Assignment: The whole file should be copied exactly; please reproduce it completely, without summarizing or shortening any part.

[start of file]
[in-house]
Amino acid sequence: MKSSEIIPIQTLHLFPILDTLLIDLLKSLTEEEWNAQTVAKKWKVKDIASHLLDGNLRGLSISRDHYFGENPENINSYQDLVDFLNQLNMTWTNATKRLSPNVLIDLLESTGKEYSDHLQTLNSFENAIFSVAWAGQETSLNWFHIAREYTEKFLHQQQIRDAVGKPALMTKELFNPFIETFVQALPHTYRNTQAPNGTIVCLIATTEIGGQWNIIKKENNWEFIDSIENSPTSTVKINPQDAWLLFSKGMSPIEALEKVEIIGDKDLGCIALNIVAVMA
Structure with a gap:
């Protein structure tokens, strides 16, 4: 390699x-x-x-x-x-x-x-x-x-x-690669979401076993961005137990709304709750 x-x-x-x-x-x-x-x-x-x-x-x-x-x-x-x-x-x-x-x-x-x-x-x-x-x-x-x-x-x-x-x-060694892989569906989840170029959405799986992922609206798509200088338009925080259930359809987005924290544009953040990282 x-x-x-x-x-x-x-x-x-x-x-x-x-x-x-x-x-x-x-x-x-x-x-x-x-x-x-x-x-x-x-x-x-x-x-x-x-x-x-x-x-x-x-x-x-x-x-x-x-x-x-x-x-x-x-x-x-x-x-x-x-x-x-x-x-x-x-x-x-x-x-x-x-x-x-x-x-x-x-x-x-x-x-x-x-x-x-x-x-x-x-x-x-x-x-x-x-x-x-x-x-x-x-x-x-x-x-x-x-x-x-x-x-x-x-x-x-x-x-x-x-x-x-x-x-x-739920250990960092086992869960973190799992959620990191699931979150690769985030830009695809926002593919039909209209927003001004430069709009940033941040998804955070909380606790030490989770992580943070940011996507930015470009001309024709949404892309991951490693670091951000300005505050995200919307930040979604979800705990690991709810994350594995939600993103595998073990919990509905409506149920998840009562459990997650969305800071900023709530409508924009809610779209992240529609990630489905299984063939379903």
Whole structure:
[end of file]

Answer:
[in-house]
Amino acid sequence: MKSSEIIPIQTLHLFPILDTLLIDLLKSLTEEEWNAQTVAKKWKVKDIASHLLDGNLRGLSISRDHYFGENPENINSYQDLVDFLNQLNMTWTNATKRLSPNVLIDLLESTGKEYSDHLQTLNSFENAIFSVAWAGQETSLNWFHIAREYTEKFLHQQQIRDAVGKPALMTKELFNPFIETFVQALPHTYRNTQAPNGTIVCLIATTEIGGQWNIIKKENNWEFIDSIENSPTSTVKINPQDAWLLFSKGMSPIEALEKVEIIGDKDLGCIALNIVAVMA
Structure with a gap:
């Protein structure tokens, strides 16, 4: 390699x-x-x-x-x-x-x-x-x-x-690669979401076993961005137990709304709750 x-x-x-x-x-x-x-x-x-x-x-x-x-x-x-x-x-x-x-x-x-x-x-x-x-x-x-x-x-x-x-x-060694892989569906989840170029959405799986992922609206798509200088338009925080259930359809987005924290544009953040990282 x-x-x-x-x-x-x-x-x-x-x-x-x-x-x-x-x-x-x-x-x-x-x-x-x-x-x-x-x-x-x-x-x-x-x-x-x-x-x-x-x-x-x-x-x-x-x-x-x-x-x-x-x-x-x-x-x-x-x-x-x-x-x-x-x-x-x-x-x-x-x-x-x-x-x-x-x-x-x-x-x-x-x-x-x-x-x-x-x-x-x-x-x-x-x-x-x-x-x-x-x-x-x-x-x-x-x-x-x-x-x-x-x-x-x-x-x-x-x-x-x-x-x-x-x-x-739920250990960092086992869960973190799992959620990191699931979150690769985030830009695809926002593919039909209209927003001004430069709009940033941040998804955070909380606790030490989770992580943070940011996507930015470009001309024709949404892309991951490693670091951000300005505050995200919307930040979604979800705990690991709810994350594995939600993103595998073990919990509905409506149920998840009562459990997650969305800071900023709530409508924009809610779209992240529609990630489905299984063939379903």
Whole structure: